DAYTON, OHIO — Atlanta Federal Reserve President Dennis Lockhart told reporters Thursday Fed purchases of mortgage-backed securities are having a "discernible" impact on the improving housing markets, something he continues to support.
Lockhart said QE3, which includes purchases of Treasuries and MBS, has a "net positive effect on how the economy is evolving."
Chicago Federal Reserve Bank President Charles Evans, appearing with Evans on a panel at a Research Internships in Science and Engineering conference, said he would like to see monthly nonfarm payroll increases of 200,000 or more for at least six months before tapering off asset purchases. Evans holds a voting position on the policy-setting Federal Open Market Committee this year.
Fed Chairman Ben Bernanke greeted the participants with recorded remarks which included no references to monetary policy.
Fiscal tightening remains a headwind for U.S. economic growth, Evans said, and the global environment remains a concern.
An employment rate of 6.5% or below remains a "threshold" of improvement for Fed policymakers, Evans said, but could be a milepost, depending on other economic conditions.
Asked about the Bank of Japan's announced of asset purchases, Lockhart said he would not comment on BOJ policy, but added that the BOJ's move was one more element of aggressive accommodation by global central banks.
Lockhart said Fed communication is at a premium in the current environment. Fed officials need to prepare the markets for any shifts in monetary policy in order to prevent financial shocks, he said.
The two Federal Reserve Bank presidents took reporters' questions after speaking at a student investment conference at the University of Dayton, in Dayton, Ohio.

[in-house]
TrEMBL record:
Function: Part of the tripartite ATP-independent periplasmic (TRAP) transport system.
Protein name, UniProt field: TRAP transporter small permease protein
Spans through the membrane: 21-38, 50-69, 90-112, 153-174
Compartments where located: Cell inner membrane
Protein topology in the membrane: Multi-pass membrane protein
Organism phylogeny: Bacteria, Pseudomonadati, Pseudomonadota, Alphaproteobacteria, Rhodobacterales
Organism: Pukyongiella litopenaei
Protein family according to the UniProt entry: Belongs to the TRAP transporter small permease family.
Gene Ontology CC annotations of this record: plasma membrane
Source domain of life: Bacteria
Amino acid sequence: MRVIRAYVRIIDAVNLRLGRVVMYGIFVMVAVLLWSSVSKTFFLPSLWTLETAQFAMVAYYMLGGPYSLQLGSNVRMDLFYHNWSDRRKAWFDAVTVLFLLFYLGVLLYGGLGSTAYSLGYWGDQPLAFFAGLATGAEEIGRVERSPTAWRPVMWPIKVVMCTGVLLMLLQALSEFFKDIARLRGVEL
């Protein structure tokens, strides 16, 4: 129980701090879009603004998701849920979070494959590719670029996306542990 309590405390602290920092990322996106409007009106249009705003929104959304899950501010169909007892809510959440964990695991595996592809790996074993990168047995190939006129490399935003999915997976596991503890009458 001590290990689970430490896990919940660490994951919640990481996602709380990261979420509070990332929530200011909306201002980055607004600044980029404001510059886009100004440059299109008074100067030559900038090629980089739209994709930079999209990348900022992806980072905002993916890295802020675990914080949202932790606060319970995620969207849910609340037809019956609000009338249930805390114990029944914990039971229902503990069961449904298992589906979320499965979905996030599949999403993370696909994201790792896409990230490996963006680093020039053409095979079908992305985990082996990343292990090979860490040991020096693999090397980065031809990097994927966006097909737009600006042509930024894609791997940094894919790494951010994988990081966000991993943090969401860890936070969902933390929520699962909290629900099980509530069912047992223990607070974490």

The U.S. growth rate currently is more "modest" — lower than many would have expected, Lockhart told the students, but inflation is well contained and below the Fed's target of 2%. Employment remains a key issue, he added.
"The ups and downs of the stock market do not change Fed policy," Lockhart said. In answer to a question from a student audience member, he added that the investors' search for yield is driving high-yield prices, and that he did not see a "bubble."
Once "we get growth under way, we will see higher Treasury rates," Evans said. Changes in asset prices are not because monetary policy is so "strong," he said. But "the long-term improvement of the economy" trumps any policy negatives, he added.
Lockhart noted that monetary policy "is not all-powerful," and has limits when addressing the micro economy. At the same time, "I'd like to see some clarity on fiscal policy" from Washington, Lockhart said. "Certainly some risks remain that can scare employers."
Asked about China's relationship with the U.S., Evans said what happens in China continued to have large implications for the U.S., and noted China has a large stake in the U.S. recovery, both as a bondholder and exporter of consumer goods.
"We cannot count on U.S. consumers to be the engine of growth" as they were in the past, Evans said.
Both Federal Reserve Bank presidents cited a monthly increase of 200,000 in non-farm payroll as an indication as a threshold for growth. Reaching that rate should encourage "adequate" employment improvement, Lockhart said. If employment does improve, Lockhart added, he expects the Fed could taper off its asset purchases later this year.
Forecasters are looking for a 190,000-job increase in March U.S. non-farm payrolls, set for release Friday.
Evans said he expected growth momentum to increase, adding that he was "hopeful" for a 2.5% rate by year-end. But he added that the federal funds rate should stay at zero until the U.S. unemployment rate falls below 6.5%.
"We've had a good run in employment over the last four months," Evans said, but later added that spring sometimes presents difficult seasonal effects.
Asset purchases are a "supplement" to monetary policy, Lockhart said.
The Fed's balance sheet now has some $3 trillion in Treasuries, Evans noted. "I'd like to hope we can curtail these asset purchases as soon as possible," he said. "We don't want to see a larger asset balance sheet than required."
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